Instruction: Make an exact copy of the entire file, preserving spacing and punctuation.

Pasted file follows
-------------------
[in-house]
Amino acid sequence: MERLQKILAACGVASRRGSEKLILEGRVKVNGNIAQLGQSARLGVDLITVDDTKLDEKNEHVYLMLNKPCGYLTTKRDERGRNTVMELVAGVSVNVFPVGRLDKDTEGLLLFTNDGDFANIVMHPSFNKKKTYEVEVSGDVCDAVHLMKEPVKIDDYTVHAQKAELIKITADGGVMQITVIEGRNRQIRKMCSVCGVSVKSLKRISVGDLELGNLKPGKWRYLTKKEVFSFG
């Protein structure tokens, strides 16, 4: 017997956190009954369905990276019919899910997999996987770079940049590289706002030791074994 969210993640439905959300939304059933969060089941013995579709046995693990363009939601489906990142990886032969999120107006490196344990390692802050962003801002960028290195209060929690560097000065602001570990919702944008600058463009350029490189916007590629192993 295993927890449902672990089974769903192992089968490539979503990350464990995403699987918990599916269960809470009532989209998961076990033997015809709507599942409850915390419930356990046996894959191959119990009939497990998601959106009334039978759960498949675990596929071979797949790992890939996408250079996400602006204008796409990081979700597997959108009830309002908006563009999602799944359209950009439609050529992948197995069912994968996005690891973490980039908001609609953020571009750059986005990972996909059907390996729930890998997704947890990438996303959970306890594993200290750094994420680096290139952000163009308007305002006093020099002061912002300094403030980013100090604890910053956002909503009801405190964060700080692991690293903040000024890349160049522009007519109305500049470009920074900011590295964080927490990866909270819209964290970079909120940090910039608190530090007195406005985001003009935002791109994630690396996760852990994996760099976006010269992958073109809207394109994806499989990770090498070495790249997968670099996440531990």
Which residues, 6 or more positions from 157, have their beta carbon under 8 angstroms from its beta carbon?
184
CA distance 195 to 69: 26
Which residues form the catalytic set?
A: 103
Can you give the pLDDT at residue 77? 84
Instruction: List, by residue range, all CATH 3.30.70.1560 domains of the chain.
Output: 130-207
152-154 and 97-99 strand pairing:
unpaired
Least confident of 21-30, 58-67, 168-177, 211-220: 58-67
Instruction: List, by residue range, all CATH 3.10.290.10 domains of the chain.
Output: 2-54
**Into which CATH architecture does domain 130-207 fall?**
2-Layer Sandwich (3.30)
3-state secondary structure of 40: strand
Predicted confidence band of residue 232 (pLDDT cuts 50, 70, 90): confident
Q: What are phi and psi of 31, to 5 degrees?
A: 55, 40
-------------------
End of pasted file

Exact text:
[in-house]
Amino acid sequence: MERLQKILAACGVASRRGSEKLILEGRVKVNGNIAQLGQSARLGVDLITVDDTKLDEKNEHVYLMLNKPCGYLTTKRDERGRNTVMELVAGVSVNVFPVGRLDKDTEGLLLFTNDGDFANIVMHPSFNKKKTYEVEVSGDVCDAVHLMKEPVKIDDYTVHAQKAELIKITADGGVMQITVIEGRNRQIRKMCSVCGVSVKSLKRISVGDLELGNLKPGKWRYLTKKEVFSFG
């Protein structure tokens, strides 16, 4: 017997956190009954369905990276019919899910997999996987770079940049590289706002030791074994 969210993640439905959300939304059933969060089941013995579709046995693990363009939601489906990142990886032969999120107006490196344990390692802050962003801002960028290195209060929690560097000065602001570990919702944008600058463009350029490189916007590629192993 295993927890449902672990089974769903192992089968490539979503990350464990995403699987918990599916269960809470009532989209998961076990033997015809709507599942409850915390419930356990046996894959191959119990009939497990998601959106009334039978759960498949675990596929071979797949790992890939996408250079996400602006204008796409990081979700597997959108009830309002908006563009999602799944359209950009439609050529992948197995069912994968996005690891973490980039908001609609953020571009750059986005990972996909059907390996729930890998997704947890990438996303959970306890594993200290750094994420680096290139952000163009308007305002006093020099002061912002300094403030980013100090604890910053956002909503009801405190964060700080692991690293903040000024890349160049522009007519109305500049470009920074900011590295964080927490990866909270819209964290970079909120940090910039608190530090007195406005985001003009935002791109994630690396996760852990994996760099976006010269992958073109809207394109994806499989990770090498070495790249997968670099996440531990």
Which residues, 6 or more positions from 157, have their beta carbon under 8 angstroms from its beta carbon?
184
CA distance 195 to 69: 26
Which residues form the catalytic set?
A: 103
Can you give the pLDDT at residue 77? 84
Instruction: List, by residue range, all CATH 3.30.70.1560 domains of the chain.
Output: 130-207
152-154 and 97-99 strand pairing:
unpaired
Least confident of 21-30, 58-67, 168-177, 211-220: 58-67
Instruction: List, by residue range, all CATH 3.10.290.10 domains of the chain.
Output: 2-54
**Into which CATH architecture does domain 130-207 fall?**
2-Layer Sandwich (3.30)
3-state secondary structure of 40: strand
Predicted confidence band of residue 232 (pLDDT cuts 50, 70, 90): confident
Q: What are phi and psi of 31, to 5 degrees?
A: 55, 40